Timothy Olyphant, in the movie Go, refers to the comic strip The Family Circus in this manner: “it’s always there, in the lower right hand corner, just waiting to suck.” This is one of my all-time favorite movie quotes, and it applies quite nicely when discussing Marci X. Completed in 2000, this is the film that the studio put on the shelf, all the while knowing that eventually they would have to do something with it, because there it was, looming in the corner, waiting to suck.
Finally… the studio decided to drop it into theaters in the middle of the summer blockbuster season of 2003, where it would get lost in the shuffle of bigger films, yet still make as much money as possible, despite its paltry promotion budget. The plan worked, the film recouped some of its costs (albeit less than half), and Paramount got on with their lives.
Of course, if there is a way to make a few more bucks off of this film, Paramount is going to take advantage of it (and who could blame them?). With that in mind, Marci X was sent off to the land of DVD.
For those that don’t know, this is the story of a Jewish Manhattan socialite (Lisa Kudrow) who is suddenly put in the position of having to run a public relations campaign for a gangster rapper (Daman Wayans), to prove to the world that he is not the thug that he appears to be. If this sounds like a funny movie, then it should. It is. The problem with this film is not so much that it isn’t funny, as the fact that it is bipolar. Those jokes that hit are literally dead-on, roll in the floor funny. Those that miss are so bad that they are embarrassing.
Now, this is nowhere near the film that the studio thought they were making, but if you go into it with an open mind, it’s actually not that bad. This movie deserves its place among the great marginal comedies of all time. I’d put it up against Saturday afternoon Comedy Central faire such as Airheads and PCU any day.
For a movie that wasn’t shown any love by the studio, the disc comes complete with a pretty tight little soundtrack. Surrounds are utilized nicely, taking full advantage of the locations to add some ambient sounds right where they belong. Of particular note is the use of reverb during the scenes where a microphone is used. The resulting tones sound absolutely fantastic, and even better than many live concert DVDs. Furthermore, the LFE channel delivers some tight, deep bass on the musical numbers, and really adds a nice punch to the overall delivery. This is a surprisingly nice audio package, and it’s good to see that just because the movie was frowned upon, that didn’t stop the audio engineer from putting his best foot forward.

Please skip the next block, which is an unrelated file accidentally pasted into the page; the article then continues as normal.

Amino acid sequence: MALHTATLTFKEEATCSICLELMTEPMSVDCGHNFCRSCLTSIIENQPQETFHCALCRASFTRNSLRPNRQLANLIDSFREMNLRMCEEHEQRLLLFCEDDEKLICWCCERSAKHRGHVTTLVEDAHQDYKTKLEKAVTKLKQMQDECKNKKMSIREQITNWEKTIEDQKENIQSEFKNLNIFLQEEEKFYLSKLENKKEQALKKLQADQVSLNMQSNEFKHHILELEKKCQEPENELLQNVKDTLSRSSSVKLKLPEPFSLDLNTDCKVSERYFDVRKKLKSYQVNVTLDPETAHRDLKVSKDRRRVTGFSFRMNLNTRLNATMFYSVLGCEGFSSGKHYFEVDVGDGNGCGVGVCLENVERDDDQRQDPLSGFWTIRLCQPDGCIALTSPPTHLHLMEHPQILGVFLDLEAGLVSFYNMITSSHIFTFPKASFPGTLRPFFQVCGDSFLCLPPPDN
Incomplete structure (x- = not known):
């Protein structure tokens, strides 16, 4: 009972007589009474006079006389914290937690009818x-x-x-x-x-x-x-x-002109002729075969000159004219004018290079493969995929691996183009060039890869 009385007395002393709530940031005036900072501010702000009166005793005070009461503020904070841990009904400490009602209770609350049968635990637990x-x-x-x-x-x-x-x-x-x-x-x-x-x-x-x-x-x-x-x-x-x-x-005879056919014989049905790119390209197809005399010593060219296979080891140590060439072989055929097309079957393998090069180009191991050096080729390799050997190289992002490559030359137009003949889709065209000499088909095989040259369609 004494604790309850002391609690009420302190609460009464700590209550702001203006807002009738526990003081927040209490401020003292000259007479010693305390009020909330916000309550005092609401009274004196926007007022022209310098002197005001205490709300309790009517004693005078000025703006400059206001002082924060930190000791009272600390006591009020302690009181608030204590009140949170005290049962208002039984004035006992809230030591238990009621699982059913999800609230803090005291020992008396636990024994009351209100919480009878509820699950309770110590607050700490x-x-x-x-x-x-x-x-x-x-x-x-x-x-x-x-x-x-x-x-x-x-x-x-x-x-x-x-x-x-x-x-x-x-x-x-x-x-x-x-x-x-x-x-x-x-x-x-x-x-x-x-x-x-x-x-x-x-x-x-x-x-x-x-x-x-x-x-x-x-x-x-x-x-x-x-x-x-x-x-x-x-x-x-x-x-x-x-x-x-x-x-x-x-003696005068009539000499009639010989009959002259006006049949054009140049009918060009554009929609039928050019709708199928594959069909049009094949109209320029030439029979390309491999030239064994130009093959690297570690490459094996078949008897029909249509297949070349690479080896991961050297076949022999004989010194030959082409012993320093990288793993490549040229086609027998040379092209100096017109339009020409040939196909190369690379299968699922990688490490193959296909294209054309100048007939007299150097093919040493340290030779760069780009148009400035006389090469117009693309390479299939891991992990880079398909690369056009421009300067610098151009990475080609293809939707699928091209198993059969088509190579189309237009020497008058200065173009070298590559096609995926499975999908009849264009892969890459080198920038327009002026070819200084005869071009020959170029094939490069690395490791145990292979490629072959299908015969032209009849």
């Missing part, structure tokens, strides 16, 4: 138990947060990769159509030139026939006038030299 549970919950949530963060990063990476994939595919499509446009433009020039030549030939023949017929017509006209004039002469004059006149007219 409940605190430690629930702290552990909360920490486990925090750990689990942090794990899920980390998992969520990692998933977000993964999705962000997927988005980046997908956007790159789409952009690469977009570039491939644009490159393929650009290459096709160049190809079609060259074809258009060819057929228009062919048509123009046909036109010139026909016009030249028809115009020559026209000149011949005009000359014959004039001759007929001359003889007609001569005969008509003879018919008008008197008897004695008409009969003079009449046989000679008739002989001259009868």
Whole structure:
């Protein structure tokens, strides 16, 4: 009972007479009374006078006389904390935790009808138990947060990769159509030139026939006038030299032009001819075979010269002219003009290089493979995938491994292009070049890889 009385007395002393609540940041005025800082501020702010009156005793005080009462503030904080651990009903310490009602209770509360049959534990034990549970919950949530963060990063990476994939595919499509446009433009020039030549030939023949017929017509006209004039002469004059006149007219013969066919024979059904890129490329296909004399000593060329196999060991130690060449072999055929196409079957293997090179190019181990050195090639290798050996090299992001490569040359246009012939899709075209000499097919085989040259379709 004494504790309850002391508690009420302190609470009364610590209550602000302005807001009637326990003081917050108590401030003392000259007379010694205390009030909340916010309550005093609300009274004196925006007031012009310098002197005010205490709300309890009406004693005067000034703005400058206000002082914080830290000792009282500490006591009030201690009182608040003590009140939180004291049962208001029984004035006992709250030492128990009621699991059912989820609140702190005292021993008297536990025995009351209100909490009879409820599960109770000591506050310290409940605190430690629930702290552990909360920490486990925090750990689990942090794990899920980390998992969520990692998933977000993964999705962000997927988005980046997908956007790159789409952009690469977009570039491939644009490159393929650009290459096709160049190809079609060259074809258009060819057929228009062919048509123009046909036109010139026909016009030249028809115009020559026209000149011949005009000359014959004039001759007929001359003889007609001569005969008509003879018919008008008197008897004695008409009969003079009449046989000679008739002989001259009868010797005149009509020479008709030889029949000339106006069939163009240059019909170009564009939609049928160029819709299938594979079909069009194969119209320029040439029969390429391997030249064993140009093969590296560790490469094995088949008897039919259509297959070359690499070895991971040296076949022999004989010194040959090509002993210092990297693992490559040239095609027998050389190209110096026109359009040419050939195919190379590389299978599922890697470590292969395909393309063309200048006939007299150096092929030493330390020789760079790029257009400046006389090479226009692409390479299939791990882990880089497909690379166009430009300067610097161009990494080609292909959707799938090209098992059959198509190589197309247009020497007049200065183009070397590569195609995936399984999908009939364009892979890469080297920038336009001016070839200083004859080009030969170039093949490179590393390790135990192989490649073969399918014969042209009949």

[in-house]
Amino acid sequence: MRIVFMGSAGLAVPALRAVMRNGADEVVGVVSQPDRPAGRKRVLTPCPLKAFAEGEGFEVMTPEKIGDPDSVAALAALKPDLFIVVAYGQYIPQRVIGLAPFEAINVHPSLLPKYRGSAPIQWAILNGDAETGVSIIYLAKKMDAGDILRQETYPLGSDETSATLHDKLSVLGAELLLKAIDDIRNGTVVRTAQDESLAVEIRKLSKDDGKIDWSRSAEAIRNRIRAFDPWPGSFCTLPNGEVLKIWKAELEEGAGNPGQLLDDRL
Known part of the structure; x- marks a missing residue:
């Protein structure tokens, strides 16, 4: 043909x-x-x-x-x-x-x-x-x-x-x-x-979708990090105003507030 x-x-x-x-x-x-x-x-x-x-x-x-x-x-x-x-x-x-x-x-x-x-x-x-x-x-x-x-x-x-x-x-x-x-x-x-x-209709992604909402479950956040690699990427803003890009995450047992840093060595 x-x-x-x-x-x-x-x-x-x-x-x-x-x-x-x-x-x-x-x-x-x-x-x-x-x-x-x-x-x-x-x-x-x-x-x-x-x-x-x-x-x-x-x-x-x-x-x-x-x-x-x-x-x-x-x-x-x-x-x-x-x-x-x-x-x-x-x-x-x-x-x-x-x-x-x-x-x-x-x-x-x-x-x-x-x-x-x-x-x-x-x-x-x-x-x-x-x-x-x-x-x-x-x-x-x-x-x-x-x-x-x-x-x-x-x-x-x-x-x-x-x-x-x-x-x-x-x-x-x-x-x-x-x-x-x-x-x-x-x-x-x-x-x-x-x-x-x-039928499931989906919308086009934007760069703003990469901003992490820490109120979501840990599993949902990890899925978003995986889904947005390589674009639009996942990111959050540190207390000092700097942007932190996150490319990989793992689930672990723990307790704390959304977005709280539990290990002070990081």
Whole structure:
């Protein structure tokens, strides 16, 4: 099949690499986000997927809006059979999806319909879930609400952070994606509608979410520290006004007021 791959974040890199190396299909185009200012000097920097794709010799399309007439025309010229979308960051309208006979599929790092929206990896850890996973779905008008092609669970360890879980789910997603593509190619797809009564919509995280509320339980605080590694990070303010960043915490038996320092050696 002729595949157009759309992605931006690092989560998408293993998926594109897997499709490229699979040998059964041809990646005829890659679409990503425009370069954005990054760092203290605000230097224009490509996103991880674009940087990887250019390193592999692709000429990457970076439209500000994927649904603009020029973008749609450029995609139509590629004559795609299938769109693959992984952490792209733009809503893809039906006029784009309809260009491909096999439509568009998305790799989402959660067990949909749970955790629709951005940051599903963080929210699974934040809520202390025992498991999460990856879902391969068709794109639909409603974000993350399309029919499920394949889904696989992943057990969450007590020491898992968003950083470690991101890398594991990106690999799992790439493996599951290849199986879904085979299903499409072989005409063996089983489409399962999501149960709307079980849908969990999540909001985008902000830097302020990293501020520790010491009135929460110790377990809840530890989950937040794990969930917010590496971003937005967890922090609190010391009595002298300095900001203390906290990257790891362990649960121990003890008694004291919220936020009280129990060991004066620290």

This is one of those discs that comes in both widescreen and full screen. Being a DVD aficionado, I of course opted for the former. Every bling is blingin’ on this video presentation, as the colors really pop. No bleed over was present, however, striking a nice balance between saturation and over-coloration. Black levels are deep, and Dr. S’s ice is bright and crisp.
Also surprising is the fact that the picture is virtually blemish-free. Every ho and every bottle of Cristal can be seen clearly and in (maybe too much) detail. As is the case with the audio, the technical guys did a great job on this disc.
I have noticed a disturbing trend as of late when it comes to trailers on DVD. There is noting that I hate more than purchasing a new movie, rushing home to check it out, and then being forced to sit through a string of previews before I can even access the main menu. Thankfully, Paramount has come up with an inventive new way to combat this situation. Upon insertion of the disc, viewers are shown an animated studio title card, followed by the on-screen choice of “Trailers” or “Main Menu”. Thank you, Paramount, for not hijacking my movie, and putting the choice back into the hands of the consumer.
Speaking of trailers, I hope you like them, because that’s all that is here in the way of special features. Lucky for the viewer, there are some pretty good ones. The upcoming theatrical releases Against the Ropes and Twisted are represented here, as well as the DVD releases of The Fighting Temptations and Dickie Roberts: Former Child Star.
In my opinion, Paramount missed a golden opportunity to vastly increase sales on this DVD, by not including an in-depth documentary on “when movies go bad”. If they had taken a page from Criterion’s excellent release of Terry Gilliam’s Brazil, and made a brutally honest piece on the tight spot they were in with this film, it would have totally changed audience perception of the piece, and increased DVD sales at the same time.
While this is certainly not one of the best comedies I have ever seen, it is better than you might think. There may be a lot of junk here, but what is funny is very, very funny. If you enjoyed Josie and the Pussycats, then you will probably like the rap version. Give it up for the theatrical equivalent of a Will Smith album, yo.
Special Features List